Prison officers are calling for an urgent meeting with the government to address a "crisis of morale".
Yusuf Jamma and Muzzaker Shah have been charged with wounding
Prison Officers Association (POA) chairman Colin Moses says staff face an increased risk of violence as well as being overstretched and underpaid.
His comments come after two members of the gang which murdered Pc Sharon Beshenivsky were charged with stabbing an inmate at Durham's Frankland Prison.
The Ministry of Justice said there was no evidence of an increase in assaults.
Frankland Prison, which houses some of the UK's most dangerous terrorist inmates, has seen several high-profile attacks in recent months.
In July, the jail cell of Hussain Osman, one of the 21/7 bomb plotters, was set alight.
It followed an assault on another al-Qaeda inmate, Dhiren Barot, who subsequently spent five days in Newcastle's Royal Victoria Infirmary after being scalded with boiling water.
Now Yusuf Abdillh Jamma, 20, and Muzzaker Imtiaz Shah, 25, face wounding charges over the alleged stabbing on 6 March.
Mr Moses said: "What's happening at Frankland is what we're seeing at establishments across the UK where staff are fully stretched due to lack of investment.
"We need a realisation that violence does not stop at the prison gates. As we face a more violent society we face more violence in prisons.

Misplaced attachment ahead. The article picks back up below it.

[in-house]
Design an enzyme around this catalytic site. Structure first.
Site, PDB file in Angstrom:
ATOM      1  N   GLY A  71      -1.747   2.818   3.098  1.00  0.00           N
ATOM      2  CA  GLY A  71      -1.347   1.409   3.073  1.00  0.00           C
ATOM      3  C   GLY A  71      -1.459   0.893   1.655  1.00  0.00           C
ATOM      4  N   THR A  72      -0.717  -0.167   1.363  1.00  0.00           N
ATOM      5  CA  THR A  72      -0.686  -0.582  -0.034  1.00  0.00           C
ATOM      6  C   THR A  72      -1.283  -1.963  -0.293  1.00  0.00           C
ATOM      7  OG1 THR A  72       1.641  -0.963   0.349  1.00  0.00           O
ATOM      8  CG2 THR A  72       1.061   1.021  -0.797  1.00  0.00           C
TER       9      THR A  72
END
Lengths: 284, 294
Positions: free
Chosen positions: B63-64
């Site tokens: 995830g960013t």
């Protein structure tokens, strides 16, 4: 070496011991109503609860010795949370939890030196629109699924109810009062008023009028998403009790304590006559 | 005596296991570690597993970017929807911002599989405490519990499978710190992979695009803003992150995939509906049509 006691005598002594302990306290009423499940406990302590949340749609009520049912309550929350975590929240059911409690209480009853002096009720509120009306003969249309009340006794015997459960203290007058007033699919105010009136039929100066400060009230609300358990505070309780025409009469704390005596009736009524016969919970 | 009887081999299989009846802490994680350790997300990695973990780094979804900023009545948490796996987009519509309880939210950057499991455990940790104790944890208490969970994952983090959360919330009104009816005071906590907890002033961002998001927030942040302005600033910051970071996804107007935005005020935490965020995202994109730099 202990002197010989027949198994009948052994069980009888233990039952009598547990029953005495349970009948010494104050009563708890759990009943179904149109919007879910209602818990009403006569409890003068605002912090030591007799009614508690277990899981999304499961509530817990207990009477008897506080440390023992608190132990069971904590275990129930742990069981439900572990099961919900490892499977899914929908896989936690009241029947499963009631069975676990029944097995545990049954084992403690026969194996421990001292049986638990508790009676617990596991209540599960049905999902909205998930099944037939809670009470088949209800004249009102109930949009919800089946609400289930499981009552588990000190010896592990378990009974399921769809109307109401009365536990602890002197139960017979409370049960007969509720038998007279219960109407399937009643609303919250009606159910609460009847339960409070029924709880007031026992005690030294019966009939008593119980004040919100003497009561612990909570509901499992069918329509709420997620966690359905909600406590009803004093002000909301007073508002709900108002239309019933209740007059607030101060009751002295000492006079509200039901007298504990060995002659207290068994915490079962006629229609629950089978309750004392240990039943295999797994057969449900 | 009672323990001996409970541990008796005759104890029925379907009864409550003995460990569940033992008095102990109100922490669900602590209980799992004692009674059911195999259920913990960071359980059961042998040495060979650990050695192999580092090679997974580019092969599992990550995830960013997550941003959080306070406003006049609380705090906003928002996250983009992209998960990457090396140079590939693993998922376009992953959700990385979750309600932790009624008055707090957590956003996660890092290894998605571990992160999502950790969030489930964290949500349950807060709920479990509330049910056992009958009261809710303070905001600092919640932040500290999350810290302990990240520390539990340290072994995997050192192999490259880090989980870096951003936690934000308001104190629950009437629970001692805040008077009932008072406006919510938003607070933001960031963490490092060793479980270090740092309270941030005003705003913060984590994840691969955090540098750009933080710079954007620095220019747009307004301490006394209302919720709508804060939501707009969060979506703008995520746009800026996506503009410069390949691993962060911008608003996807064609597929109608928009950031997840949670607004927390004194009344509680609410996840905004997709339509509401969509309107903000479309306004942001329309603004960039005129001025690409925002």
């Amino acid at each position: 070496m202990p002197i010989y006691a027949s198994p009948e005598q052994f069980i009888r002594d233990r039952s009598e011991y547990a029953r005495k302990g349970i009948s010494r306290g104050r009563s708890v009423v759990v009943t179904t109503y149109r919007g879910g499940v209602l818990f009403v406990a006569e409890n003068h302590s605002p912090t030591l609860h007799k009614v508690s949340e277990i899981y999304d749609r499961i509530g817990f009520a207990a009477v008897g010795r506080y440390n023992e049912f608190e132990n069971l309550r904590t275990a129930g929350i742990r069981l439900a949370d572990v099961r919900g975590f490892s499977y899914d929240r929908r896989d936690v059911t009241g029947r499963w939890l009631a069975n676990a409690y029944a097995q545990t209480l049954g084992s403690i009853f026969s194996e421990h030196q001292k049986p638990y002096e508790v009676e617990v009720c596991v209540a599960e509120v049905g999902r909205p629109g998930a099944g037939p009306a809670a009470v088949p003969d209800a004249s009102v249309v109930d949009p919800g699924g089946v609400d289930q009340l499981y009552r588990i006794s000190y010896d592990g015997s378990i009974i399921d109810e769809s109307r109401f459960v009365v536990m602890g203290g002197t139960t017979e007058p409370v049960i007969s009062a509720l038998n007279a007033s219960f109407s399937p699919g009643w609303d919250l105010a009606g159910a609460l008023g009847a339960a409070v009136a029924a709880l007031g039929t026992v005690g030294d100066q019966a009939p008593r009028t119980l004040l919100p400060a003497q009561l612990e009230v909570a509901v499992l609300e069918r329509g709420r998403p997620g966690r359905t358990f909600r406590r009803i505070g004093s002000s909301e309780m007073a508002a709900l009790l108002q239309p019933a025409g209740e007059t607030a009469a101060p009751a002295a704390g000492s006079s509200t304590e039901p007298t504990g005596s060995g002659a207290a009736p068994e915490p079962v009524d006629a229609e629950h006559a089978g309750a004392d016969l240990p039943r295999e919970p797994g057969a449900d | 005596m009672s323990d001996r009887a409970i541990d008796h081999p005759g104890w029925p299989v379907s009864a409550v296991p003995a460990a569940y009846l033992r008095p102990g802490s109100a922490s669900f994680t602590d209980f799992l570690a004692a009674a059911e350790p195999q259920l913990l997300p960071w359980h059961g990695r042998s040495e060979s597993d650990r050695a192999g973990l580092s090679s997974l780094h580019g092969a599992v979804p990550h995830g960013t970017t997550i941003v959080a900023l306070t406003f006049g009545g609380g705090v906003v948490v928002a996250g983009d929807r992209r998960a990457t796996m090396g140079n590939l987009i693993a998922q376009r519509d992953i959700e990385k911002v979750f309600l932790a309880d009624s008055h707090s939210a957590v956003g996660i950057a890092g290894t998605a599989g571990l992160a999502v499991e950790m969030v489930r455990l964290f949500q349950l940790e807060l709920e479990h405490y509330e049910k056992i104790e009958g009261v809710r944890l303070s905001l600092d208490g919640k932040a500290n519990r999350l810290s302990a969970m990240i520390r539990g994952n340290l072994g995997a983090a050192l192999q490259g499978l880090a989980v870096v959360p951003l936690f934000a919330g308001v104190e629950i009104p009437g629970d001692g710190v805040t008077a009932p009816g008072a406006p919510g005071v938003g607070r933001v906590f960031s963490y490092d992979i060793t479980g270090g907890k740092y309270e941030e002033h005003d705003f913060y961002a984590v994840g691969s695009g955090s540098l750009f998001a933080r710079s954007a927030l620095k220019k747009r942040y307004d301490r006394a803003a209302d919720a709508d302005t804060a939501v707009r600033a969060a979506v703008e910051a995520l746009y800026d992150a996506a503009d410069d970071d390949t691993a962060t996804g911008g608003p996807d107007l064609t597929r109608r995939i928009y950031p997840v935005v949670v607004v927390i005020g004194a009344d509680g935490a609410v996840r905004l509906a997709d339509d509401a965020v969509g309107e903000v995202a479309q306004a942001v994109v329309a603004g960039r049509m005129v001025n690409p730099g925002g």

"Frankland is one of the UK's top facilities. If this is what happens in a successful prison, imagine what happens in those that are more overcrowded and under-resourced."
Mr Moses said he had asked for a crisis meeting with Justice Secretary Jack Straw.
A Ministry of Justice spokeswoman admitted prisons were overcrowded, but stressed that inmate numbers were within safe limits.
She said: "Prison officers work in an extremely difficult environment with some of the most difficult people in society. Despite an increasing population there is no evidence of an increase in the rate of assaults on staff.
"Pay rises for those at the top end of their pay scales have been below inflation for two years. But those still rising on the incremental pay scales are receiving above inflation rises."